Yesterday I stepped right out of my car and straight into 1992.
Yep, that’s right.
I went to Shoney’s.
I don’t know what possessed me to go to Shoney’s. I wasn’t even hungry (this, BTW did not stop me from eating 2 plates of fried chicken, smothered pork chops, popcorn shrimp,greens, mac & cheese and mashed potatoes. Thank God I’m young and have a high metabolism). Anyway, I was sitting at a red light waiting to make a left turn and the Shoney’s was across the street.
Like many of you, my first reaction was “Shoney’s is still open?”
Then I thought, “I wonder if they have any steak.”
I almost passed it by. I had many reasons to pass it by, the main one being the fact that I wasn’t hungry. Next in like was it was like 8:00 p.m. and I told myself I would stop eating after 7 (much like I told myself I was going to fold and put away all of my laundry as soon as I finished washing it). Finally, I had leftover roast chicken sitting in my fridge anyway, so there was basically absolutely no need for me to go to Shoney’s.
But the thought of all-you-can-eat buffet steak was pervasive, and at the last minute I turned my car and parked into Shoney’s parking lot.
I walked in.
Of course it was empty.
I sat and began going to work on my plate of really unhealthy food that I had absolutely no excuse or reason to eat, when an elderly couple walked in.
Please don’t think me some kind of ageist jerk, but they were exactly the old people you would expect to walk into a Shoney’s. Hunched over a little, glasses. The old woman had red lipstick and I imagine she uses hot rollers.
They both had a sort of northern accent, and they walked in asking about the pork chops.
“Are they better this week?” the lady asked. “Because last week they were kind of burnt on the bottom.”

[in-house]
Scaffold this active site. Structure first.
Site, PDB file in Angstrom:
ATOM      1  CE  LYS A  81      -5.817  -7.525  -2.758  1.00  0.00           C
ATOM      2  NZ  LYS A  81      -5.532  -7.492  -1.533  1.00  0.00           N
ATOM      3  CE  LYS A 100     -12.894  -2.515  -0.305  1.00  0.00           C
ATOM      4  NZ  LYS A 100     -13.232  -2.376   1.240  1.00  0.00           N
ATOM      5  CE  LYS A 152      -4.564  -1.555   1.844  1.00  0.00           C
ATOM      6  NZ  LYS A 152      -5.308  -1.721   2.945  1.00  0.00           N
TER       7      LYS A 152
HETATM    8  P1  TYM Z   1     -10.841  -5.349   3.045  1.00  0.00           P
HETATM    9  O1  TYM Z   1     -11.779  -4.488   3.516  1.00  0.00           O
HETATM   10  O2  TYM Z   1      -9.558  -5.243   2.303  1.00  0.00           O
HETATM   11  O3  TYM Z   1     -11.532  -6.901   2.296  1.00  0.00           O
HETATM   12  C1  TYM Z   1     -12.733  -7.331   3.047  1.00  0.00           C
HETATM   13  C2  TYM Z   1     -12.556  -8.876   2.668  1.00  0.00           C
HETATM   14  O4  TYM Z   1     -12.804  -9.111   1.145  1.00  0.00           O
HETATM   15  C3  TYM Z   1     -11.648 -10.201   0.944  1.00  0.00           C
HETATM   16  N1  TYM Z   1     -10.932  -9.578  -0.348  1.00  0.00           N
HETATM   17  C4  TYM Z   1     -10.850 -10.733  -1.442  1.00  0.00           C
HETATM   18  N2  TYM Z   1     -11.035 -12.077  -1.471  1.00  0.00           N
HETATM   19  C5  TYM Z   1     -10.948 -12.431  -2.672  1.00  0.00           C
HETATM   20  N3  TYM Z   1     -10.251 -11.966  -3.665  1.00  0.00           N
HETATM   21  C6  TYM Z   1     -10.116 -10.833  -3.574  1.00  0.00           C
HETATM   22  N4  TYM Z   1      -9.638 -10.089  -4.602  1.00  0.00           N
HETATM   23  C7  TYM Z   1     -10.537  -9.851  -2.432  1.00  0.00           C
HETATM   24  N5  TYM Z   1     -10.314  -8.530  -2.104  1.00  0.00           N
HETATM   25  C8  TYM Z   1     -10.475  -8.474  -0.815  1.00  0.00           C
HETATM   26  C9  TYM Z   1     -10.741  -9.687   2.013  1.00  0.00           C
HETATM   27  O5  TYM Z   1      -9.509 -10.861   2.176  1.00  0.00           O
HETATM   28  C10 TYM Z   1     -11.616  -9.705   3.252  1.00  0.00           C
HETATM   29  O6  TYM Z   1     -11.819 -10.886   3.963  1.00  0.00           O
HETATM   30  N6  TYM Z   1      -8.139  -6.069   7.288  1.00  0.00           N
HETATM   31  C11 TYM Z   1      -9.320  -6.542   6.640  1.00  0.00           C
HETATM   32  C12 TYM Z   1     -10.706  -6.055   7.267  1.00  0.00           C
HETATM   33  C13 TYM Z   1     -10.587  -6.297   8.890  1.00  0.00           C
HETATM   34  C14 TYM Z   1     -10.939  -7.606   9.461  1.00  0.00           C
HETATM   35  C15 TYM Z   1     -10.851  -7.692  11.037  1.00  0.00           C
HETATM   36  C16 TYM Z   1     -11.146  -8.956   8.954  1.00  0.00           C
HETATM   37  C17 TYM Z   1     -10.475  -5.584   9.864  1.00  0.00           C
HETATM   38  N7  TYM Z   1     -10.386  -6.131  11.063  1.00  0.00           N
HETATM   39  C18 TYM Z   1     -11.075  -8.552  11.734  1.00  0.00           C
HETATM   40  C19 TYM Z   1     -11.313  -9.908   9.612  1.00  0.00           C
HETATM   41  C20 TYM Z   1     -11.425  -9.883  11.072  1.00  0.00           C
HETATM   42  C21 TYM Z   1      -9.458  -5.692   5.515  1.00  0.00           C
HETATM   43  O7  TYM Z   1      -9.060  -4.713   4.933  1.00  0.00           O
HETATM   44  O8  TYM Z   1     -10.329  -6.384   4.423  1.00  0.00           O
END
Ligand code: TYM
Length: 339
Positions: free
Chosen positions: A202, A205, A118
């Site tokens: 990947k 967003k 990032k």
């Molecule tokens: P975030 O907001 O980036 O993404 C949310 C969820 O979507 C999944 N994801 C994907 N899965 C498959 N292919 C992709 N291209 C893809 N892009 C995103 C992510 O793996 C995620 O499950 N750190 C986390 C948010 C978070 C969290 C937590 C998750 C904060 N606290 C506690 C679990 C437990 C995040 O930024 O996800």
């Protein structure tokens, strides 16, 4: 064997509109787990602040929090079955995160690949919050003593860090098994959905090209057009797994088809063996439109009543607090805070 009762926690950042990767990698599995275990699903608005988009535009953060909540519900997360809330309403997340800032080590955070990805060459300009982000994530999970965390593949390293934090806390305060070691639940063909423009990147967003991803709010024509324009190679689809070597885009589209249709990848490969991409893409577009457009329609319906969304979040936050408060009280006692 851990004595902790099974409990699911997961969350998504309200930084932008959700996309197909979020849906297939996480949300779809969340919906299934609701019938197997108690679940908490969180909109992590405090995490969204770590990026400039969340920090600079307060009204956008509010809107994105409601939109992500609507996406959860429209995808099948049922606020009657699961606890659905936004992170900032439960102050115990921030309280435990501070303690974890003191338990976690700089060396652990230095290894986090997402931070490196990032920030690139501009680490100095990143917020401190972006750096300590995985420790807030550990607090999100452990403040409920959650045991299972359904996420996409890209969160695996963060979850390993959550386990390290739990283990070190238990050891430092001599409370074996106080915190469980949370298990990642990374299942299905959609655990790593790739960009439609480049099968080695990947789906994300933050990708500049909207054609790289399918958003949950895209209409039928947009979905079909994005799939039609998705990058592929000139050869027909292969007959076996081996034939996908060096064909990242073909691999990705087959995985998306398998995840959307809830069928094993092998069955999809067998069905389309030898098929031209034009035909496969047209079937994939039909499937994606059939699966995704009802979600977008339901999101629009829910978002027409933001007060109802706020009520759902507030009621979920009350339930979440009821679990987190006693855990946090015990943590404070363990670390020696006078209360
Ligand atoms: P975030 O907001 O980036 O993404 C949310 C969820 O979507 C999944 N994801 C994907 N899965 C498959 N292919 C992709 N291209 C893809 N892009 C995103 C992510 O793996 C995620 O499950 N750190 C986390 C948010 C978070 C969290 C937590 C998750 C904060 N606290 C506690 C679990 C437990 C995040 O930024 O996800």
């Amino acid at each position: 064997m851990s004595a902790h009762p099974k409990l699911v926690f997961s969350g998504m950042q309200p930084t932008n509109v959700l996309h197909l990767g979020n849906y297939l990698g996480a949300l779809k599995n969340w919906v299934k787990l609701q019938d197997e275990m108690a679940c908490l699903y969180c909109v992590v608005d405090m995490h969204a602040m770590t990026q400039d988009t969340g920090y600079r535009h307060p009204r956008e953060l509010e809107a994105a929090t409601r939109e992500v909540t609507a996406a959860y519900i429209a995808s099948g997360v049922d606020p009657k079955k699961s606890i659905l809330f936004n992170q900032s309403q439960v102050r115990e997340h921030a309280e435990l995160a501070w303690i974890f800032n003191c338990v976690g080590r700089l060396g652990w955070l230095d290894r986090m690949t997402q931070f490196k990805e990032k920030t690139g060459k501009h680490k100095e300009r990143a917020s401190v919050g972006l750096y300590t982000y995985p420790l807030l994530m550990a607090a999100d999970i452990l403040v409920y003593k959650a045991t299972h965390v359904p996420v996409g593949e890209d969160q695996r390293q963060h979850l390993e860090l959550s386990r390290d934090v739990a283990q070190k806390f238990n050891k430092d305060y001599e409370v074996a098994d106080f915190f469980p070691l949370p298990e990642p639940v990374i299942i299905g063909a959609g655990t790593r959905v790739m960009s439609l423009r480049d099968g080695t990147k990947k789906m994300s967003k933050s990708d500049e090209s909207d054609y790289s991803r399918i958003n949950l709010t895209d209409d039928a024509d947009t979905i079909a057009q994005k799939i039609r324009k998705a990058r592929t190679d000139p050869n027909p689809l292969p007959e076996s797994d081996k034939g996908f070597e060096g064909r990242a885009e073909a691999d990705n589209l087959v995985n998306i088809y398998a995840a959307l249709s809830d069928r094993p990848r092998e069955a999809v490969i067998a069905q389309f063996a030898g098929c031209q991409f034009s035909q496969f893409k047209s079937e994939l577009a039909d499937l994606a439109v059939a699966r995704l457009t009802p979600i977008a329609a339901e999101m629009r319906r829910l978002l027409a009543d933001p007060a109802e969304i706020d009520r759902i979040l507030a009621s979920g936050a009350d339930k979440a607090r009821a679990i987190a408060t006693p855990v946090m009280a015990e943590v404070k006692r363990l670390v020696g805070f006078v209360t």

“Well..we’ve heard that they’re really tender tonight,” replied the poor teenage hostess (and in my mind I called b.s. because I imagine I was either the first or second customer there that night, and I certainly had not remarked on the pork chops’ tenderness. Though I could cut them with a butter knife).
In the entire empty restaurant, the server seats this couple in the booth in front of me, and so I was able to watch them study the menu for whatever reason when it was clear they were there for the buffet and came regularly for the buffet, and overhear their conversation.
“How much is the sweet tea?” asked the elderly lady.
“Um…I think $1.49,” replied the hostess.
“Oh, so the price came down then?” elderly lady replied.
“Oh..um…I’m not sure…I can check,” hostess answered.
“It was nearly $2 before,” elderly lady said to her husband as the hostess went to check.
And then when she came back and told them it was actually $1.89, they both ordered water.
“Well, you could get a soda or something, they’re a little cheaper,” the hostess suggested.
“No, they’re the same price,” the elderly lady informed her.
And I was eating and musing at this delightfully dated display, relaxing and feeling fat but comfortable in the way that only dated furniture and comfort food can make you feel comfortable, when suddenly I was reminded in no uncertain terms that it was 2010.
The old lady’s cell phone went off.
And it made me think about my grandparents and their cell phones.
Ladies and gentlemen, we are definitely in a new millennium.
- Fingers Crossed For Cell Phone Tax Relief (inc.com)
- True Blood just vampire texted to say it loves you, motherfucker [True Blood Recap] (io9.com)
- Spin soliton to revolutionize cell phone communication (textually.org)